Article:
Authors: Stephanie Draven
Tags: #Romance, #Contemporary, #Paranormal, #Nocturne, #paranormal romance, #Mythica, #Fiction, #epub, #category romance
It wasn’t going to be all right. She was the twisted minion of an evil god. What comfort could a mortal man like Ray really offer her? And yet his arms were the only safe place that she’d ever known. “You have no idea who I am or what I’ve done.”
“I know what you’ve done. I was there, remember?”
“I’m nothing, nothing but what he made me!”
“Don’t say that,” Ray murmured against her lips. “It’s not true.”
But it was true. And yet, as Ray rocked her, it wasn’t fear that surged through her.
She kissed him. Because it might be the last time she could.
She’d never thought that Ray was hers to keep, but she hadn’t realized before now that she wasn’t even her own to give.
is currently a denizen of Baltimore, that city of ravens and purple night skies. She lives there with her favorite nocturnal creatures—three scheming cats and a deliciously wicked husband. And when she is not busy with dark domestic rituals, she writes her books.
A longtime lover of ancient lore, Stephanie enjoys reimagining myths for the modern age. She doesn’t believe that true love is ever simple or without struggle, so her work tends to explore the sacred within the profane, the light under the loss and the virtue hidden in vice. She counts it amongst her greatest pleasures when, from her books, her readers learn something new about the world or about themselves.
The Minotaur was a bastard child born to a cursed queen. His mother rejected him as a monster and the cuckolded king locked him in a labyrinth, giving him sacrificial children to eat. In the end, it was the Minotaur’s own half sister, Ariadne, who helped to engineer his demise.
For me, the symbolism of the story seems obvious. Our darkest secrets can never truly be locked away, and always come with a price—whether it’s a sacrifice of our innocents or our innocence. In this novel, I’ve envisioned a much happier ending for my Minotaur, but I hope that, like the heroine of this book, you ask the crucial questions that need to be asked.
I love hearing from readers, so please stop by www.stephaniedraven.com.
I’m indebted to my friend Ibrahim C. for shedding light on the various beliefs and practices of American Muslims, but any misunderstanding or cultural insensitivity in this book is my fault, not his. Thanks also to my agent, Jennifer Schober, and my editor, Tara Gavin. To the Romance Divas.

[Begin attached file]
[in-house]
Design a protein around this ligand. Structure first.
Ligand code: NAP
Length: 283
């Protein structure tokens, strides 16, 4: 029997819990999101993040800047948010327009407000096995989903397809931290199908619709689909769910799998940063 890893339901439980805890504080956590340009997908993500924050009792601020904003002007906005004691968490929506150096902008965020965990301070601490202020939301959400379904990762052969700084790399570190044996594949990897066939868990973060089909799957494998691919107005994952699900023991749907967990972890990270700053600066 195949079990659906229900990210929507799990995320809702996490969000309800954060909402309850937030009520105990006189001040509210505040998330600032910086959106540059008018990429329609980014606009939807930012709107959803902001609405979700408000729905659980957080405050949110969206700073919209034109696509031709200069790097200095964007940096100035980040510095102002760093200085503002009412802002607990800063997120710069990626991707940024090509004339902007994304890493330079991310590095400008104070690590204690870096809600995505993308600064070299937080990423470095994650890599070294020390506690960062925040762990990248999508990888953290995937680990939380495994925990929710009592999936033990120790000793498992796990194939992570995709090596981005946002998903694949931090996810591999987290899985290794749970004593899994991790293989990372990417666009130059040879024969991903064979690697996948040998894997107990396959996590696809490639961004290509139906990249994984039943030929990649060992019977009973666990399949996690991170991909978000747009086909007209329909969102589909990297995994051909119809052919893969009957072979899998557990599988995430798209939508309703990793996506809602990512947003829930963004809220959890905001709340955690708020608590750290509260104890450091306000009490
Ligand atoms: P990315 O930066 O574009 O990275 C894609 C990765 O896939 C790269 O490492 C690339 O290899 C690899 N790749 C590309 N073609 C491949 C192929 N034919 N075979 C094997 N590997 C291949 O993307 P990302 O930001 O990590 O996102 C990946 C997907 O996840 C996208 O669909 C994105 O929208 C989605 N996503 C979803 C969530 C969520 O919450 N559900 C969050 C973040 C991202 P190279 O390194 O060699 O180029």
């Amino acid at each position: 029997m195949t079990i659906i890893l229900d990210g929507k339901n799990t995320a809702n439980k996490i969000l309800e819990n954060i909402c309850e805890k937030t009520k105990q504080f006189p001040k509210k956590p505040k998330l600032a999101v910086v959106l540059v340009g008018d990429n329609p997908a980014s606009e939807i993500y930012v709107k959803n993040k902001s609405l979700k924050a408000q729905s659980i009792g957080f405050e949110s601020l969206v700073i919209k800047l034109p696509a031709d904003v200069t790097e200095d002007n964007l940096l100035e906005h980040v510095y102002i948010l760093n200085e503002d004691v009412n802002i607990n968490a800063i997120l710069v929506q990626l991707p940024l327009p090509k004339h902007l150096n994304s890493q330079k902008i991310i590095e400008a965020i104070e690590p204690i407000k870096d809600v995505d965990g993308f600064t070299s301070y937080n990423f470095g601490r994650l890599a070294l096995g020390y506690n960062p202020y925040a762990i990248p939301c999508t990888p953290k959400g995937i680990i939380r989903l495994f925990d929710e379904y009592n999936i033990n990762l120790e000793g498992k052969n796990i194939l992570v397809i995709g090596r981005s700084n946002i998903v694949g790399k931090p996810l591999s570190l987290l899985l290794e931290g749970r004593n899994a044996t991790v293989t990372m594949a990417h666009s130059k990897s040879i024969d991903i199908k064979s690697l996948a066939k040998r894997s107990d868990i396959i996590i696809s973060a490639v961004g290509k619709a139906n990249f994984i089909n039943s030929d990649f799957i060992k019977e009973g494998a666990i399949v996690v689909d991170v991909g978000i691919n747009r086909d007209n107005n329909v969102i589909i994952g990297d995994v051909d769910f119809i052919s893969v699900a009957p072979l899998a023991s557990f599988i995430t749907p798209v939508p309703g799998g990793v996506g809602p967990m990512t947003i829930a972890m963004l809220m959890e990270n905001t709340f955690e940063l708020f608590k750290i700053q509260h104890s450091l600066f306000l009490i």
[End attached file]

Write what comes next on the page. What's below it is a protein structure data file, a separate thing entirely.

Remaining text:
To Sheila Accongio, Leah Barber, Lisa Christie, Sabrina Darby, Inez Kelley, Kai Lawson and Christine Rovet. To my husband, who made this—and every other book I write—possible. To my sister, for her inventive support. And to Neil Gaiman for
Though I invented most of the riddles in this book with the help of Inez Kelley and Adam Dray, I’m also indebted to Phil Cousineau’s collection,
A World Treasury of Riddles.
To my brother-in-law and sister-in-law for their service. And to my parents, who gave me a moral compass with which to navigate the world.
The eyes are the windows to the soul.
he old proverb was wrong, Ray thought. Eyes aren’t windows to the soul; they’re doorways. And through those doorways, Ray Stavrakis could cross into another person’s mind. Into memories. Into dreams. Into fears. Into the darkest corners of the human soul.
Unfortunately, Ray had never seen the eyes of the man he was trailing, and, in the dark, he could only glimpse the back of his victim’s head.
The old Syrian neighborhood in Aleppo was a confusing labyrinth of twisting cobblestone streets and covered bazaars, but even without light from the occasional hanging lamp, Ray knew his way as if it were mapped in his blood. After all, Aleppo was part Greek and part Arab—just like him. His ancestors had settled in Aleppo after leaving Crete; he should’ve been
comfortable here, but so soon escaped from his dungeon, every sensation stung.
The faraway horns of taxis in the distant marketplace pained him like trumpets blaring directly into his ears. Someone in one of the apartments above was smoking a hookah pipe and the smoke floated down from an open kitchen window, mixing with the heady scent of oregano. The smell sickened him; it was as if, having spent two years in a box where the stink of sweat and blood and urine were his only companions, he couldn’t bear any other odor now.